Figure 1: Brain MRI with and without contrast.
A,B) Diffusion: Multiple lesions bilaterally demonstrate restricted diffusion in the wall of the lesion with an "advancing front" appearance; C,D) T1 Pre-Contrast: Large parietal T1 hypointense lesion with no mass effect; E,F) T1 Post-Contrast: Incomplete rim enhancement in the larger lesions and diffuse enhancement in the smaller lesions seen; G,H) T2-Dark Rim: Incomplete dark T2 rim is present along the medical border of the larger lesion. View Figure 1


Given the patient's findings, the differential diagnosis at the time was metastatic masses secondary to malignancy, toxoplasmosis, fungal or bacterial abscess, CNS lymphoma, cryptococcus, or a demyelinating disease. Tests for JC virus, PML, and HIV were all found negative. The lack of extraparenchymal disease and the lack of central diffusion on MRI imaging made metastasis, lymphoma, and abscess less likely. A demyelinating disease was more likely given the incomplete rim of diffusion and enhancement of the lesions as well as the lack of peri-lesional edema and mass effect.

Cerebral spinal fluid from the lumbar puncture showed elevated protein (66 mg/dl) with normal WBC level, and oligoclonal bands with an elevated IGG index (7.91), which was suggestive of a demyelinating disease. A stereotactic brain biopsy showed diffuse foamy macrophages with only rare small CD20-positive B cells and some perivascular small T cells by immunohistochemistry for CD3 (Figure 2A and Figure 2D). Luxol fast blue-H&E showed abundant foamy macrophages and confirmed myelin loss (Figure 2B). Given these findings, the histopathologic differential diagnosis included ADEM, multiple sclerosis, and subacute infarct (destructive myelinolysis); however, relative axonal preservation shown on neurofilament staining favored an active demyelinative process (Figure 2C). The stain for spirochetes in brain biopsy was negative.

Figure 2: Brain biopsy with immunohistochemistry.
A,D) Stereotactic brain biopsy showed diffuse foamy macrophages with only rare small CD20-posive B cells and some perivascular small T cells by immunohistochemistry for CD3; B) Luxol fast-blue H&E shows abundant foamy macrophages and confirms myelin loss; C) Relative axonal preservation shown on neurofilament staining favors active demyelinative process. View Figure 2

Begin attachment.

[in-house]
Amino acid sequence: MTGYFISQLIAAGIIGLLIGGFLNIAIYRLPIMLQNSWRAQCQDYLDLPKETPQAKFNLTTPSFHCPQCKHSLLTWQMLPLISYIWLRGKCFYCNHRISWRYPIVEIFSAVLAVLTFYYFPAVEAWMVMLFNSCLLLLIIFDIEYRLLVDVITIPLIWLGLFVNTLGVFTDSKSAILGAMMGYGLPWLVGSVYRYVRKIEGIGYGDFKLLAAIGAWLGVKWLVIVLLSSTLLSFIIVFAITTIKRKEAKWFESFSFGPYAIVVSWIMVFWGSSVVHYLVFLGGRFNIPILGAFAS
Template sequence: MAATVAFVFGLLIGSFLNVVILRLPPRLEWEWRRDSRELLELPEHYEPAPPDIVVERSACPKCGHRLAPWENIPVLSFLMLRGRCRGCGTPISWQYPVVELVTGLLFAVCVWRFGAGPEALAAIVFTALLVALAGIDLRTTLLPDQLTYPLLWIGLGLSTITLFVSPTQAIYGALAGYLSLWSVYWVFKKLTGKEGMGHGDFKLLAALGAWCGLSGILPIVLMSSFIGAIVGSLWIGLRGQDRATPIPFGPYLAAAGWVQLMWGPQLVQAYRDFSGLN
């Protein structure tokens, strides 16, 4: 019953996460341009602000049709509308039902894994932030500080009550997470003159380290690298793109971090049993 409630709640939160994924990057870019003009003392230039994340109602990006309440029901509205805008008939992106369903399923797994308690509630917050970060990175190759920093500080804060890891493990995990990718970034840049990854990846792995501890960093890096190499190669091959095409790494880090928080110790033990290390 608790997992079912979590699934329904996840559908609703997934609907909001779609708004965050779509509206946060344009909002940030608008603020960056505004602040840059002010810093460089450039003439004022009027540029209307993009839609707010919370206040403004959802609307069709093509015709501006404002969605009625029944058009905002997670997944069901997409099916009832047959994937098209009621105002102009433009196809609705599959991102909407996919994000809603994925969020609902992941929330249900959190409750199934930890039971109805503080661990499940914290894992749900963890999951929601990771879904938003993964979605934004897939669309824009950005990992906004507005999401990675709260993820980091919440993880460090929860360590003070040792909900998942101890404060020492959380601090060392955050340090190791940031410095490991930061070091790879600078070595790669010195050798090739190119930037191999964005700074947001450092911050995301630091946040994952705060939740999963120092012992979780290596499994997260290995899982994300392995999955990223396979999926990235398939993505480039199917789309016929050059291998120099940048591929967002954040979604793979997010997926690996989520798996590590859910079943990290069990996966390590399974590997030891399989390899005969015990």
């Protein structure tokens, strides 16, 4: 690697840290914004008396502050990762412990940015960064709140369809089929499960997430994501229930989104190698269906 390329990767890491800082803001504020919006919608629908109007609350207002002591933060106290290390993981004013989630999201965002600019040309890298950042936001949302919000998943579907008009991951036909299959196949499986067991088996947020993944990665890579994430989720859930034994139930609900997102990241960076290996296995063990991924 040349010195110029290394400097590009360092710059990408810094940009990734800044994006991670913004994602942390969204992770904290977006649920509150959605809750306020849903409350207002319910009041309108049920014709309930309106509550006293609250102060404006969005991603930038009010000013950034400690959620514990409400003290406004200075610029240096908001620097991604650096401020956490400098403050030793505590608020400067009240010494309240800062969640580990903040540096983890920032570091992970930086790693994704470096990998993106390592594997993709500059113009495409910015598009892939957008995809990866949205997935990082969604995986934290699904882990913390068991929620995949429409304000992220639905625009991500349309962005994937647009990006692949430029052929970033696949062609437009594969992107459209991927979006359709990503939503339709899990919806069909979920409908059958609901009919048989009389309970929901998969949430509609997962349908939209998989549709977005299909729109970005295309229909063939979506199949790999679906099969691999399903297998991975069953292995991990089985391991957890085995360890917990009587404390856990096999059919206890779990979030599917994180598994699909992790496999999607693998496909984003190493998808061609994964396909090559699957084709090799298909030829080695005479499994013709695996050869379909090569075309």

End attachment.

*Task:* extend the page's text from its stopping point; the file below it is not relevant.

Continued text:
The pathology of perivascular infiltration of lymphocytes, abundant macrophages, and myelin loss is suggestive of a demyelinating disease. Malignancy, toxoplasmosis, fungal or bacterial abscess, CNS lymphoma, cryptococcus, subacute infarct were ruled out by CSF studies, MR image assessment, and stereotactic brain biopsy. The clinical diagnosis of acute disseminated encephomyelitis (ADEM) [1], a rare autoimmune demyelinating disorder usually triggered secondary to an infectious process, was made based on the patient's acute clinical presentation, a lack of history of previously unexplained neurologic symptoms, his neuroimaging, CSF and histopathological findings.

A CSF sample was found reactive for both venereal Disease Research Laboratory test (VDRL) and Fluorescent treponemal antibody absorption test (FTA-ABS), which is diagnostic for neurosyphilis. A family member provided collateral information that the patient was diagnosed with syphilis many years prior and did not seek treatment. The evidence is consistent with a neurosyphilis para-infectious process acting as a triggering factor for the encephalopathy.

The final diagnosis was acute disseminated encephomyelitis (ADEM) secondary to neurosyphilis.

The patient was started on a five-day regimen of high dose methylprednisolone and a 10-day regimen of Penicillin G. On hospital day 3, the patient began to show signs of neurocognitive improvement. The patient's cognitive status-as measured by the Montreal Cognitive Assessment (MOCA), Word-Reading Test (WRAT-4), and the Repeatable Battery for the Assessment of Neuropsychological status (RBANS)-showed objective improvement. His cognition, problem solving skills, and linguistic abilities have significantly improved over time but remained below baseline.